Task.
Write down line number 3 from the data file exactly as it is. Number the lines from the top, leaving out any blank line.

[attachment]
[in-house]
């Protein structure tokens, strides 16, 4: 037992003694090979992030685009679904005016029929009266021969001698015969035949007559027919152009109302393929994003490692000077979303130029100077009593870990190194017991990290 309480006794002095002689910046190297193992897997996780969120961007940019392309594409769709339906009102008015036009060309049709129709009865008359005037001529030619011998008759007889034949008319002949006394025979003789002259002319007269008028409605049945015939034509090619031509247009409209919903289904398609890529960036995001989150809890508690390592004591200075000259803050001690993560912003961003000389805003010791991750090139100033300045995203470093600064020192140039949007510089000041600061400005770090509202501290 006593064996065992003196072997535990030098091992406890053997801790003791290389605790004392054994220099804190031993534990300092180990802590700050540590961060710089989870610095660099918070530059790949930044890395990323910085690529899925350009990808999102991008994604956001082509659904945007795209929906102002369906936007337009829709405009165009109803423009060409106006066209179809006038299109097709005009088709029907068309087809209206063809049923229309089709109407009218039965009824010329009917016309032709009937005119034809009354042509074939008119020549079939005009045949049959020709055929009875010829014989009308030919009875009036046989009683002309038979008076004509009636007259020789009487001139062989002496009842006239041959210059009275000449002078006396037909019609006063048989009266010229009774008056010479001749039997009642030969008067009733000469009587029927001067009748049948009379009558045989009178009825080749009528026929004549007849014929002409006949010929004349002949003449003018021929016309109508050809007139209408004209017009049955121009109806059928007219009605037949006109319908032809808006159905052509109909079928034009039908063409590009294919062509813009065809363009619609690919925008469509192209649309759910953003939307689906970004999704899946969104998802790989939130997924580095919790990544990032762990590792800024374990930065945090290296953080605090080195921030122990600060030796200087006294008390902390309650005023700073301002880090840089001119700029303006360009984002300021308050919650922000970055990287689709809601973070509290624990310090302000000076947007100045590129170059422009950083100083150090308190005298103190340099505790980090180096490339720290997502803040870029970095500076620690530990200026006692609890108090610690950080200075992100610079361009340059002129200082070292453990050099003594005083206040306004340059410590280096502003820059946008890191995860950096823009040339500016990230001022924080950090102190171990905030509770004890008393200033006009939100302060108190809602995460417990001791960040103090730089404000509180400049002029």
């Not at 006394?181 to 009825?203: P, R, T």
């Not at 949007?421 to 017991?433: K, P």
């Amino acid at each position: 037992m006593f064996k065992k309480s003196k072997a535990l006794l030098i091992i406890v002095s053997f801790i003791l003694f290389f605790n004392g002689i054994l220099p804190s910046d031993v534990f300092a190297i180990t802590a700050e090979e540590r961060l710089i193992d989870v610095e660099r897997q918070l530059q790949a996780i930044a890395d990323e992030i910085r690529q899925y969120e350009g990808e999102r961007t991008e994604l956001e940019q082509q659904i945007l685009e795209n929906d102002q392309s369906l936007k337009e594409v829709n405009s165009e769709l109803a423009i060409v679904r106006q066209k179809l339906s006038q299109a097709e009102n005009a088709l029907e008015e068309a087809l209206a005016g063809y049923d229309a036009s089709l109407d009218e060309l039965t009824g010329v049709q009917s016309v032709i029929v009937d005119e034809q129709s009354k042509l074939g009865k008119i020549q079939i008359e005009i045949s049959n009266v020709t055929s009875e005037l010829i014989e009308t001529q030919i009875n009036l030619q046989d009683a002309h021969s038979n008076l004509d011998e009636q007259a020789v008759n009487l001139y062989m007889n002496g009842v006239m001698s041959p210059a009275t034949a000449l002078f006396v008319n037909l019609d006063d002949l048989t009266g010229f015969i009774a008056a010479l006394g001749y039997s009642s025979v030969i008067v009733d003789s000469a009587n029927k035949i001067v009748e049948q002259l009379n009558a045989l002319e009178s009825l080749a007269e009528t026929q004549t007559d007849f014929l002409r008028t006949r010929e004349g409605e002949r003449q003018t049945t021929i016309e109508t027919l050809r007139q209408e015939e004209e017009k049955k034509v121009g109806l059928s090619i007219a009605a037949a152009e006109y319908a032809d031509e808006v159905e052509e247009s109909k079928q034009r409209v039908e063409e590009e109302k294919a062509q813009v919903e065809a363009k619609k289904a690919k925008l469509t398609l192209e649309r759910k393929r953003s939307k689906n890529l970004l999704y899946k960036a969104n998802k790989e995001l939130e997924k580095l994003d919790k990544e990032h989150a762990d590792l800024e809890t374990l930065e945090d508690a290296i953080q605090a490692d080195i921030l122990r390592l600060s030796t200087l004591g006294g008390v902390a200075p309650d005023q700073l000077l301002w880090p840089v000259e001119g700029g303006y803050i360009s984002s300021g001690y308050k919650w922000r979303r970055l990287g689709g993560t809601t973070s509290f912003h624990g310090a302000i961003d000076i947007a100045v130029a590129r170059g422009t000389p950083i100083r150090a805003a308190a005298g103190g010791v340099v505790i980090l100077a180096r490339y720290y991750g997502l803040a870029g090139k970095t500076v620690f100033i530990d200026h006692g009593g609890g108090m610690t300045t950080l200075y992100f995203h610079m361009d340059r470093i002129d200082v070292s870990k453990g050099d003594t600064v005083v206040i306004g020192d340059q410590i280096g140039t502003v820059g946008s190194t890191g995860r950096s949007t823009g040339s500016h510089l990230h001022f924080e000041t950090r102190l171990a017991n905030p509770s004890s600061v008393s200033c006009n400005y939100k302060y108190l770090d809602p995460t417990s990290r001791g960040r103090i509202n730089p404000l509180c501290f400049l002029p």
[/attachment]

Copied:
């Not at 006394?181 to 009825?203: P, R, T």